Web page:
Blocks envisions its modular smartwatch as a platform.

How do the modules work? It’s really easy. Plug a module in and the software instantly recognizes it, with no further setup needed. Controlling apps are all built-in and accessed either by customizable complications on the watch face, or through the main menu system. We tried out the four modules that are initially available for Blocks, and were really pleased to see how simple the interface made them to use. It’s the main part of Blocks’ appeal, and it’s obvious that plenty of time and effort has been spent getting the fit and use exactly right.

There’s good news on the battery life, too. It’ll last a day with all four modules plugged in and used normally, which is about what we’d expect from a fully featured smartwatch with GPS, heart rate tracking, and various sensors. The software cleverly puts the modules to sleep when they’re not in use, and through this and Android 8.0’s power management, battery life extends to about 40 hours. You can remove the modules when you don’t need them, but it won’t be necessary in order to lengthen standby.

Blocks envisions its modular smartwatch as a platform. This means it’s actively encouraging others to make modules for the watch, potentially giving companies and startups without the funds to build an entire wearable a way to still make their ideas a reality. Because of the modularity, market appeal of any new module isn’t as important, meaning niche sensors and features could come to life. The more sensors that are available, the more people will be encouraged to buy a Blocks smartwatch, resulting in a growing, healthy user base.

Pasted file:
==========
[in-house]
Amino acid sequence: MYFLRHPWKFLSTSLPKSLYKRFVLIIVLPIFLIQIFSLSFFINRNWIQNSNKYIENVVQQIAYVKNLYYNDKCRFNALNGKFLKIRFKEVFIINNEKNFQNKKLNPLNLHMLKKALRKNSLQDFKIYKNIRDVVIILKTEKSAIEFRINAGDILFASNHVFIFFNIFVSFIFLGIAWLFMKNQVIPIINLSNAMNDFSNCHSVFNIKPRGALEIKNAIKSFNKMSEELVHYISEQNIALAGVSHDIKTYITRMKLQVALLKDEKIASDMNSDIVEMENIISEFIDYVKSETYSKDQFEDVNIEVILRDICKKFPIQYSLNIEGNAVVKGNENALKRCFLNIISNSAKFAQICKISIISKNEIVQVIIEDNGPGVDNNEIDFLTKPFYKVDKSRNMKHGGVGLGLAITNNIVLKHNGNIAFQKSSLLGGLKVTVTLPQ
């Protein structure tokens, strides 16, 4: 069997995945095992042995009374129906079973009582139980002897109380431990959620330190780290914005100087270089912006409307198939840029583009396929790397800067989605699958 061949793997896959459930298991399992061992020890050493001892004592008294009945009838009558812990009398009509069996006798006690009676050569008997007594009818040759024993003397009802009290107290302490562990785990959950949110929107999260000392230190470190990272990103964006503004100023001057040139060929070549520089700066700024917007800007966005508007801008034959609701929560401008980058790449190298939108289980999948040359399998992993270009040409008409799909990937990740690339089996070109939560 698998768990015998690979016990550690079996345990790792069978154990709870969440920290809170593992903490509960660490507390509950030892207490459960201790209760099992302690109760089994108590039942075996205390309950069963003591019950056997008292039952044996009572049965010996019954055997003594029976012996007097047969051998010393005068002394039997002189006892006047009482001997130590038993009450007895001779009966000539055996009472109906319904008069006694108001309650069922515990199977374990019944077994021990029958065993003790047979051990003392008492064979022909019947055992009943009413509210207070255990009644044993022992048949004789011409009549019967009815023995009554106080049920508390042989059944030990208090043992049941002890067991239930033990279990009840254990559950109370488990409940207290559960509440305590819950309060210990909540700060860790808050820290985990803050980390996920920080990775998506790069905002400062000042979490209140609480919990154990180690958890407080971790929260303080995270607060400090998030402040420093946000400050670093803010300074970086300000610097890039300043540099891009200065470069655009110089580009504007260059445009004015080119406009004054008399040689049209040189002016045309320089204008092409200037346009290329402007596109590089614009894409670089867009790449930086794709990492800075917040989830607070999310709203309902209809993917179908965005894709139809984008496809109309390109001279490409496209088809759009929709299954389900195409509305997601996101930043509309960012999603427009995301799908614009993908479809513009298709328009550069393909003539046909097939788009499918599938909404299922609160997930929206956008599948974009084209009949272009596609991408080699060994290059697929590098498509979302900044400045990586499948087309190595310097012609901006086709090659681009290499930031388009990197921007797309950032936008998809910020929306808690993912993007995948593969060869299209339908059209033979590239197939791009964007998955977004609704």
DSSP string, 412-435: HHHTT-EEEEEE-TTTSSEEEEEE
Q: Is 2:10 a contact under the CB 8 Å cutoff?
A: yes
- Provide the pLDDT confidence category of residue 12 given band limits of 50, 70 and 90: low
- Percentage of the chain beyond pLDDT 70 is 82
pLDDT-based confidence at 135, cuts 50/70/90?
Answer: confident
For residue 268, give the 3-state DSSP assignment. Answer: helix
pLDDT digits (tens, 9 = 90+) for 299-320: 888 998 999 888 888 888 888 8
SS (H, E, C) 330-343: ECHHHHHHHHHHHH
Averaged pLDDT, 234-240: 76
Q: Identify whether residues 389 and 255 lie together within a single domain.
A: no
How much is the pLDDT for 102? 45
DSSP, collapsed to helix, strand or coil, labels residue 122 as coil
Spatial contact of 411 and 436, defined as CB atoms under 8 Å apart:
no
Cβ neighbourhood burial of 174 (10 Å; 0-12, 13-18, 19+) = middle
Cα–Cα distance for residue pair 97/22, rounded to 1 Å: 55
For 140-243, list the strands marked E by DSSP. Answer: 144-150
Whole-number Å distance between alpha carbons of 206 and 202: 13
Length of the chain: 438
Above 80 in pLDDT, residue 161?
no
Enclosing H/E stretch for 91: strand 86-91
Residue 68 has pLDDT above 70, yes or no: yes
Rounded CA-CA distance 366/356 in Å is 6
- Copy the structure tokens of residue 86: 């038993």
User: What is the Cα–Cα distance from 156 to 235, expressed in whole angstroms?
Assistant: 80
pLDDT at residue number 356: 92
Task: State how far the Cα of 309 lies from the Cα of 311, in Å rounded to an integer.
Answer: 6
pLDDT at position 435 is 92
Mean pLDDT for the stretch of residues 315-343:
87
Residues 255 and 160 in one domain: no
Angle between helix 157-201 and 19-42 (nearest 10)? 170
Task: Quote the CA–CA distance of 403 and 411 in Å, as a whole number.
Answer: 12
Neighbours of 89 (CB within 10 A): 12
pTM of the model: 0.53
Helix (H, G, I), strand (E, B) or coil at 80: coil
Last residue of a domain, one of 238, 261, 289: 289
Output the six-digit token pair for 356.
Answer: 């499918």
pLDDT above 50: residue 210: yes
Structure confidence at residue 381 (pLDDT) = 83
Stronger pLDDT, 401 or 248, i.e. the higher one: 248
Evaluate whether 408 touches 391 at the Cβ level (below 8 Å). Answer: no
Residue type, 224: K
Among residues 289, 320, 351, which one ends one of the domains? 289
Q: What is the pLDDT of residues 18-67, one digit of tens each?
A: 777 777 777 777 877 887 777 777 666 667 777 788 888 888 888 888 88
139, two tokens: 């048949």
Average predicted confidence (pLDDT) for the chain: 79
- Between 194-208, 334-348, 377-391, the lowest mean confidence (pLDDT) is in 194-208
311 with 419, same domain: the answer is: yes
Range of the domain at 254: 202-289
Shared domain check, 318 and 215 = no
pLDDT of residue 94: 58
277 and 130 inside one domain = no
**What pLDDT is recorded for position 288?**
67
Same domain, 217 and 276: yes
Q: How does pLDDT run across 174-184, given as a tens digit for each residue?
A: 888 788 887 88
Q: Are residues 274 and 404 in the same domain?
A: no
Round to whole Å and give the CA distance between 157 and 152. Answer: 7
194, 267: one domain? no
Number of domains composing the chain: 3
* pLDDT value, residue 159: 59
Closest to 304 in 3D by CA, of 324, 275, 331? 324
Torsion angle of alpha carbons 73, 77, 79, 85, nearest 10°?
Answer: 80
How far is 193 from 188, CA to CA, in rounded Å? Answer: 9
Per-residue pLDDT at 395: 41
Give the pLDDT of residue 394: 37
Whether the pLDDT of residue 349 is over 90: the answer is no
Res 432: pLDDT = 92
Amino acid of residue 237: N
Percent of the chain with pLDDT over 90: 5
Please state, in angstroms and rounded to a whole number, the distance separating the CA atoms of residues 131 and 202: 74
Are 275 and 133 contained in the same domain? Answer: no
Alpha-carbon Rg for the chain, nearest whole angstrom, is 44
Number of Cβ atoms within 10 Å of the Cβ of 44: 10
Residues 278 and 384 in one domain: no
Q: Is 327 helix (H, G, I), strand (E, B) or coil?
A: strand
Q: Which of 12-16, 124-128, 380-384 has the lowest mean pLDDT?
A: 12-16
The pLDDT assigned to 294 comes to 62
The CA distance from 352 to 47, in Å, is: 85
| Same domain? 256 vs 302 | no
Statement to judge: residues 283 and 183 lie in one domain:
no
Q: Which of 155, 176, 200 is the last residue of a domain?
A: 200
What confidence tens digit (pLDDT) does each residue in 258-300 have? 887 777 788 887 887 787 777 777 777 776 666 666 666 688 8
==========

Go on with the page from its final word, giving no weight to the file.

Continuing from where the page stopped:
Modularity isn’t new in the mobile world, but it hasn’t been hugely successful yet. LG tried and failed with the LG G5 and its Friends, while Google gave up on Project Ara  — which Blocks was often compared to in its early stages — before it even got started. Motorola has come closest to making modular accessories mainstream, along with devices from Fairphone and to a lesser extent, Essential. Modular devices live and die by the amount of modules available, and the amount of people buying the core device.

We’d like to see Blocks succeed. The system makes good sense for smartwatches, which are still relatively niche devices where more functionality could provide wider appeal, and Blocks’ system is robust and easy to use. It’s priced sensibly, and it’s a reality now, rather than a future project that may or may not launch. You can pre-order Blocks Core for $260 and the module pack for $140. The first examples are shipping now, but you’ll have to wait for the backlog to clear over the coming month or two to get yours. We think you’ll enjoy it.